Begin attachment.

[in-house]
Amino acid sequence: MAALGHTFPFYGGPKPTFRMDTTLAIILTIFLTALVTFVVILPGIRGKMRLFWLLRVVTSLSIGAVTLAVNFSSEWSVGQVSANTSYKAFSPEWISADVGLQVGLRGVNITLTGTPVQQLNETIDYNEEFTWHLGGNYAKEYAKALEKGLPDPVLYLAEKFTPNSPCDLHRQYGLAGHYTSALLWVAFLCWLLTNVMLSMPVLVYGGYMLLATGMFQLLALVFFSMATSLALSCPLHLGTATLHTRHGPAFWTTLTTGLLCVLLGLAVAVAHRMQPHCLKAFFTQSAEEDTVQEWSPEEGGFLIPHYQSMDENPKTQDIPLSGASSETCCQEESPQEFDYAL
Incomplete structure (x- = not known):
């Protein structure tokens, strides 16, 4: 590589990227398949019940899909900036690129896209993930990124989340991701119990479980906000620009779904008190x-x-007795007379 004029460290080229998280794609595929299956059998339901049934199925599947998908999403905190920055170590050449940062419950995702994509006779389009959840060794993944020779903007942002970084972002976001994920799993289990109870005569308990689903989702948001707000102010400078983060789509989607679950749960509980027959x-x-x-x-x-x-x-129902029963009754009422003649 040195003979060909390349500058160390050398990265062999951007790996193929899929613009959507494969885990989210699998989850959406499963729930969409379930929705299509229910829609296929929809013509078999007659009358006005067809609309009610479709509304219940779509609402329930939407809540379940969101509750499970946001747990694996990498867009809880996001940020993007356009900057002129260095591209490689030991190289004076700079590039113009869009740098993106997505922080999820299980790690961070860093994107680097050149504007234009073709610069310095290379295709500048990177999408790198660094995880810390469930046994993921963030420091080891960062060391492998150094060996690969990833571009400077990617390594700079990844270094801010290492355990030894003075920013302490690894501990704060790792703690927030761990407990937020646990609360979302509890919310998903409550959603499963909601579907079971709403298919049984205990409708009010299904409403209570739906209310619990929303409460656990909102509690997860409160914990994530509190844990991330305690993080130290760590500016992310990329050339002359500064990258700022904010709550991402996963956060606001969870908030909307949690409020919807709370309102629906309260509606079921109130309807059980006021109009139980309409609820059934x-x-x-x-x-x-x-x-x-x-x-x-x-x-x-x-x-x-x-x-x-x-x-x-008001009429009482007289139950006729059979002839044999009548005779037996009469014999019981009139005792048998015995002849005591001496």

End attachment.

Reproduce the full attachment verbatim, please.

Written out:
[in-house]
Amino acid sequence: MAALGHTFPFYGGPKPTFRMDTTLAIILTIFLTALVTFVVILPGIRGKMRLFWLLRVVTSLSIGAVTLAVNFSSEWSVGQVSANTSYKAFSPEWISADVGLQVGLRGVNITLTGTPVQQLNETIDYNEEFTWHLGGNYAKEYAKALEKGLPDPVLYLAEKFTPNSPCDLHRQYGLAGHYTSALLWVAFLCWLLTNVMLSMPVLVYGGYMLLATGMFQLLALVFFSMATSLALSCPLHLGTATLHTRHGPAFWTTLTTGLLCVLLGLAVAVAHRMQPHCLKAFFTQSAEEDTVQEWSPEEGGFLIPHYQSMDENPKTQDIPLSGASSETCCQEESPQEFDYAL
Incomplete structure (x- = not known):
């Protein structure tokens, strides 16, 4: 590589990227398949019940899909900036690129896209993930990124989340991701119990479980906000620009779904008190x-x-007795007379 004029460290080229998280794609595929299956059998339901049934199925599947998908999403905190920055170590050449940062419950995702994509006779389009959840060794993944020779903007942002970084972002976001994920799993289990109870005569308990689903989702948001707000102010400078983060789509989607679950749960509980027959x-x-x-x-x-x-x-129902029963009754009422003649 040195003979060909390349500058160390050398990265062999951007790996193929899929613009959507494969885990989210699998989850959406499963729930969409379930929705299509229910829609296929929809013509078999007659009358006005067809609309009610479709509304219940779509609402329930939407809540379940969101509750499970946001747990694996990498867009809880996001940020993007356009900057002129260095591209490689030991190289004076700079590039113009869009740098993106997505922080999820299980790690961070860093994107680097050149504007234009073709610069310095290379295709500048990177999408790198660094995880810390469930046994993921963030420091080891960062060391492998150094060996690969990833571009400077990617390594700079990844270094801010290492355990030894003075920013302490690894501990704060790792703690927030761990407990937020646990609360979302509890919310998903409550959603499963909601579907079971709403298919049984205990409708009010299904409403209570739906209310619990929303409460656990909102509690997860409160914990994530509190844990991330305690993080130290760590500016992310990329050339002359500064990258700022904010709550991402996963956060606001969870908030909307949690409020919807709370309102629906309260509606079921109130309807059980006021109009139980309409609820059934x-x-x-x-x-x-x-x-x-x-x-x-x-x-x-x-x-x-x-x-x-x-x-x-008001009429009482007289139950006729059979002839044999009548005779037996009469014999019981009139005792048998015995002849005591001496």